Resolved Issues

Not all vulnerabilities and issues you discover with Sandworm are addressable by code alone. You may want to mark an issue as resolved when:

  • A fix has already been started

  • There is no bandwidth to work on a fix right now

  • The risk is tolerable for the project

  • The issue is inaccurate or incorrect

  • The vulnerable code is not actually used

When running an audit, Sandworm looks for a resolved-issues.json file in the root directory of the app being audited. The resolved issues file should contain a json array of objects, each object describing a resolved issue.

A resolved issue is described by the following attributes:

  • id - the GitHub advisory id or the Sandworm issue id

  • paths - the current dependency tree paths to affected package versions

  • notes - resolution notes

Here's an example resolved issues file:

    "id": "GHSA-36jr-mh4h-2g58",
    "paths": [
    "notes": "Vulnerable code not actually used"

Commit the resolved-issues.json file to your repository for full historical visibility into who resolved what & when.

For longer resolution notes, we suggest creating a markdown file in a dedicated directory in your repository, and pointing to that file in the resolution note.

Using paths

Paths help segment the packages affected by an issue into multiple categories. Paths are used to provide granular resolutions, and also help identify potentially new uses of vulnerable package versions.

Let's say your app depends on packageA and packageB, who both depend on packageC. A vulnerability is identified in packageC. After analysis, you conclude that:

  • packageA doesn't use the packageC functions exposing the vulnerability;

  • packageB does use a vulnerable function in packageC, but properly escapes user input so the vulnerability is avoided.

You'll want to create two resolutions: one for path packageA>packageC and one for path packageB>packageC:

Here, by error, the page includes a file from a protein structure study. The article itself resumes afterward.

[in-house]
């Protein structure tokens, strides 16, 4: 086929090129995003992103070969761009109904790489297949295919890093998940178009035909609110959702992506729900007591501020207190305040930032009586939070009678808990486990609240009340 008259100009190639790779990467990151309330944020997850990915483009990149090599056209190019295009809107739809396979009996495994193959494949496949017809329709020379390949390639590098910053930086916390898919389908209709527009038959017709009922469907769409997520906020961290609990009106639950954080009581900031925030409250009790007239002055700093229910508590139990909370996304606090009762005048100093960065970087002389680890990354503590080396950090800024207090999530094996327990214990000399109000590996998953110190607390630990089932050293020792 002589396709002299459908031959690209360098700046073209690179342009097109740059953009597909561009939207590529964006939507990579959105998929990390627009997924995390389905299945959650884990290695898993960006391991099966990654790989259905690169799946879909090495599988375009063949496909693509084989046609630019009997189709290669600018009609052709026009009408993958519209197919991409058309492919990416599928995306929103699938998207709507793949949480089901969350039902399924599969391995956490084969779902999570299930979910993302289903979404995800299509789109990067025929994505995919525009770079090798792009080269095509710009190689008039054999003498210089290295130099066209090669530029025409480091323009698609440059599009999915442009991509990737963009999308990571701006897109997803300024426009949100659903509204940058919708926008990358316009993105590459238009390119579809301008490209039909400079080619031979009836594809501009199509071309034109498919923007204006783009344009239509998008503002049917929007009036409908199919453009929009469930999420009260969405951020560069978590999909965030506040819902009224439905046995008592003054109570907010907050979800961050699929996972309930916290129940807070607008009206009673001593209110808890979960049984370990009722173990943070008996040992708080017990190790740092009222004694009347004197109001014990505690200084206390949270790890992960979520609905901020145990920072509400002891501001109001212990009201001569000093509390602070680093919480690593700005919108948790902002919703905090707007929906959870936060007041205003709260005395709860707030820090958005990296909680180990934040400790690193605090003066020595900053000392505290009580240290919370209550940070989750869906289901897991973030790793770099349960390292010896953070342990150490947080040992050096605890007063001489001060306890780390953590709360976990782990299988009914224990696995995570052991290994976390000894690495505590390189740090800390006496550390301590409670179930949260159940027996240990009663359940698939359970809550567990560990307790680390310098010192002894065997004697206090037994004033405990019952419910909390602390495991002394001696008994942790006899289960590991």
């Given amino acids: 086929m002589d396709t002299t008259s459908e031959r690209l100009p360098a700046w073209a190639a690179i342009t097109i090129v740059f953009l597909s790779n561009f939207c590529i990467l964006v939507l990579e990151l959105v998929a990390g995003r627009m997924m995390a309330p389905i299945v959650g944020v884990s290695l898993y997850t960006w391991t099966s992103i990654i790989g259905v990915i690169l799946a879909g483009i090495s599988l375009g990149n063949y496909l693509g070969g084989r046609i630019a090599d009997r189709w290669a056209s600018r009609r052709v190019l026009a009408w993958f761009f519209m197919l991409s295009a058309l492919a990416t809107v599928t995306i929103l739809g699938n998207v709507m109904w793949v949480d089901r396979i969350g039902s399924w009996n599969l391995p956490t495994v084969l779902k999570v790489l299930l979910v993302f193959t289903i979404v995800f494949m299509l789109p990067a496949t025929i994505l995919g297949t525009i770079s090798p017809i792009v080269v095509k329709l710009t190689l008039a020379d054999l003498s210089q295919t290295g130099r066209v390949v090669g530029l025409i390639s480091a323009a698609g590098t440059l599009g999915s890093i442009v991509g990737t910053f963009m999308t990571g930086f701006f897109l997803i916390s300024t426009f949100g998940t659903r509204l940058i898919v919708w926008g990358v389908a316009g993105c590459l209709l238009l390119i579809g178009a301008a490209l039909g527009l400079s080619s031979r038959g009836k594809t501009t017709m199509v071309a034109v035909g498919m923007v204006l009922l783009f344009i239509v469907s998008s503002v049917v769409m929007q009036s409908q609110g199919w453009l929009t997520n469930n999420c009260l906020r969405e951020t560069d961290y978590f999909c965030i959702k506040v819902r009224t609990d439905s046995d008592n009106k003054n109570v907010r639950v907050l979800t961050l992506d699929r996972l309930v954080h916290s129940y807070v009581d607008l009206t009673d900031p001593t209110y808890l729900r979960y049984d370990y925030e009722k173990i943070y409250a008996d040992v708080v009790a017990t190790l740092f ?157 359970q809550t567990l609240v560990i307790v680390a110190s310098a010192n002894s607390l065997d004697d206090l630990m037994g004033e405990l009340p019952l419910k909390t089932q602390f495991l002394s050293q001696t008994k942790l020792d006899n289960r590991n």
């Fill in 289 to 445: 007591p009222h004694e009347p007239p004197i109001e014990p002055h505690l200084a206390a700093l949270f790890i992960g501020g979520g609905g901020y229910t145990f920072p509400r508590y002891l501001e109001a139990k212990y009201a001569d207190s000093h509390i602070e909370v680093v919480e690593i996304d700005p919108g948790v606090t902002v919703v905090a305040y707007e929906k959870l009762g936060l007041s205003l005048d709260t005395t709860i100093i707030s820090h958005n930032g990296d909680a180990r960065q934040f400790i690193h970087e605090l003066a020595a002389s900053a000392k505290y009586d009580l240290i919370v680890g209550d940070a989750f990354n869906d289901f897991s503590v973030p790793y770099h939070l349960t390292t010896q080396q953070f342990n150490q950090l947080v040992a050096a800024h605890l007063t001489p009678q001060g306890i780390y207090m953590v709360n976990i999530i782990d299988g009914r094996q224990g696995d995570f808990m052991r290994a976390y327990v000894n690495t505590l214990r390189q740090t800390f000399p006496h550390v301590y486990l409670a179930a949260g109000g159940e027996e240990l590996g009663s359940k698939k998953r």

"id": "GHSA-one",
    "paths": [
    "notes": "Vulnerable code not actually used"
    "id": "GHSA-one",
    "paths": [
    "notes": "User input is properly escaped by `packageB` in `src/generate.js`"

Now let's say you install packageD, and that too turns out to depend on a vulnerable version of packageC. Sandworm's audit would label this as a new issue, since there's no resolved path that matches the new packageD>packageC. To mark this as fixed, either:

  • Add the packageD>packageC path to one of the existing resolutions, if the same notes apply to the new situation;

  • Or, create a new resolution, specific for the packageD>packageC path.

Using the command-line tool

Instead of manually managing the resolved-issues.json file, you can use sandworm resolve [issueId]. The command-line tool makes a number of validations, and walks you through creating a new resolution or attaching a new path to an existing resolution.

The output of sandworm audit includes issue ids that you can resolve:

After running sandworm resolve [issueID] on one of the detected issues, you specify one or more paths to address:

If any existing resolutions share the same issue id, resolve prompts you to either create a new resolution, or attach the new paths to an existing one:

Using version wildcards in issue ids

Sandworm-generated issues contain the package version in their ids. This is to encourage developers to revisit security issues each time a dependency is updated.

This can, however, become tedious when working with internal or otherwise fully trusted packages. For such scenarios, when resolving issues via the JSON file or the CLI, you can use a wildcard for the version in the Sandworm issue id, like:

sandworm resolve "SWRM-102-azure-common-*"

The wildcard in the issue id matches any current or future instance of the Sandworm error with code 102 (license is not OSI approved) for the package named azure-common.

If you don't fully trust a dependency package, don't use wildcards for its resolved issue ids. Doing so is dangerous, and can leave the door open for certain types of security issues.

Imagine, for example, that you've resolved the SWRM-102-package-name-0.9.10 issue, triggered because package-name@0.9.10 uses Apache 2.0 as a license, which isn't an OSI approved string. But then you update, and get a new SWRM-102-package-name-0.9.11 issue, that has the same underlying cause as before, but needs to be marked as resolved again.

So you use SWRM-102-package-name-* to future-proof your audits against this issue. However, along comes package-name@0.10.0 that changes the license string from Apache 2.0 to AGPL, which is still not an OSI approved string. The core of the issue has changed, but the issue id is the same and matches your resolution wildcard. A significant change that requires attention could slip by unnoticed this way.

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